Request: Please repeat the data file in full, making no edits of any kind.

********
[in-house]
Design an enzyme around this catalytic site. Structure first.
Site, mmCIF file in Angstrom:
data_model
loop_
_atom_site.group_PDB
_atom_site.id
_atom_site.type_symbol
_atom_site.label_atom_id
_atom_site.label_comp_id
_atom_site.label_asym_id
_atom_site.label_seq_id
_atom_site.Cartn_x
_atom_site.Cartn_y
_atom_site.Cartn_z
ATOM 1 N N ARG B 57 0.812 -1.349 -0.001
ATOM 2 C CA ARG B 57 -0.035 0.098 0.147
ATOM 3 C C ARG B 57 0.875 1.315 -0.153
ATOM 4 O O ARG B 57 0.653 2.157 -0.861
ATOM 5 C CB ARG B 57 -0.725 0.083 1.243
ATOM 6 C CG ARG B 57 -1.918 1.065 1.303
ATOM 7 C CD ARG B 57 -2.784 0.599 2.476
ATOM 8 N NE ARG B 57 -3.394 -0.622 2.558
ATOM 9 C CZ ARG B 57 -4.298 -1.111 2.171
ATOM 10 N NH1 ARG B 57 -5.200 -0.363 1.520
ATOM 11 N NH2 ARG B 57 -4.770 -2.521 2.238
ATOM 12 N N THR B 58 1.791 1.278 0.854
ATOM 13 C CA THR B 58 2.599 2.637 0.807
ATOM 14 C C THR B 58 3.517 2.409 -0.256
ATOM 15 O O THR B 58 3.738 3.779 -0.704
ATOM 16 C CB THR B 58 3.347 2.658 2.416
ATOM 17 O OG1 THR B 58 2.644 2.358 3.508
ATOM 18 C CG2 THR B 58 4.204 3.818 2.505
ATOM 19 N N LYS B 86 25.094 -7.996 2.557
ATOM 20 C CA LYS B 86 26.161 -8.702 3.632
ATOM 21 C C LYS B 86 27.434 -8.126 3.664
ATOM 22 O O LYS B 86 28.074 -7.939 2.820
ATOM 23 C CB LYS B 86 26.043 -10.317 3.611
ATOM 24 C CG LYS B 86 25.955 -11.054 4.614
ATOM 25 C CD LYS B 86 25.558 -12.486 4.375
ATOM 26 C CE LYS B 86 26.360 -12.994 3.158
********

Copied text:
[in-house]
Design an enzyme around this catalytic site. Structure first.
Site, mmCIF file in Angstrom:
data_model
loop_
_atom_site.group_PDB
_atom_site.id
_atom_site.type_symbol
_atom_site.label_atom_id
_atom_site.label_comp_id
_atom_site.label_asym_id
_atom_site.label_seq_id
_atom_site.Cartn_x
_atom_site.Cartn_y
_atom_site.Cartn_z
ATOM 1 N N ARG B 57 0.812 -1.349 -0.001
ATOM 2 C CA ARG B 57 -0.035 0.098 0.147
ATOM 3 C C ARG B 57 0.875 1.315 -0.153
ATOM 4 O O ARG B 57 0.653 2.157 -0.861
ATOM 5 C CB ARG B 57 -0.725 0.083 1.243
ATOM 6 C CG ARG B 57 -1.918 1.065 1.303
ATOM 7 C CD ARG B 57 -2.784 0.599 2.476
ATOM 8 N NE ARG B 57 -3.394 -0.622 2.558
ATOM 9 C CZ ARG B 57 -4.298 -1.111 2.171
ATOM 10 N NH1 ARG B 57 -5.200 -0.363 1.520
ATOM 11 N NH2 ARG B 57 -4.770 -2.521 2.238
ATOM 12 N N THR B 58 1.791 1.278 0.854
ATOM 13 C CA THR B 58 2.599 2.637 0.807
ATOM 14 C C THR B 58 3.517 2.409 -0.256
ATOM 15 O O THR B 58 3.738 3.779 -0.704
ATOM 16 C CB THR B 58 3.347 2.658 2.416
ATOM 17 O OG1 THR B 58 2.644 2.358 3.508
ATOM 18 C CG2 THR B 58 4.204 3.818 2.505
ATOM 19 N N LYS B 86 25.094 -7.996 2.557
ATOM 20 C CA LYS B 86 26.161 -8.702 3.632
ATOM 21 C C LYS B 86 27.434 -8.126 3.664
ATOM 22 O O LYS B 86 28.074 -7.939 2.820
ATOM 23 C CB LYS B 86 26.043 -10.317 3.611
ATOM 24 C CG LYS B 86 25.955 -11.054 4.614
ATOM 25 C CD LYS B 86 25.558 -12.486 4.375
ATOM 26 C CE LYS B 86 26.360 -12.994 3.158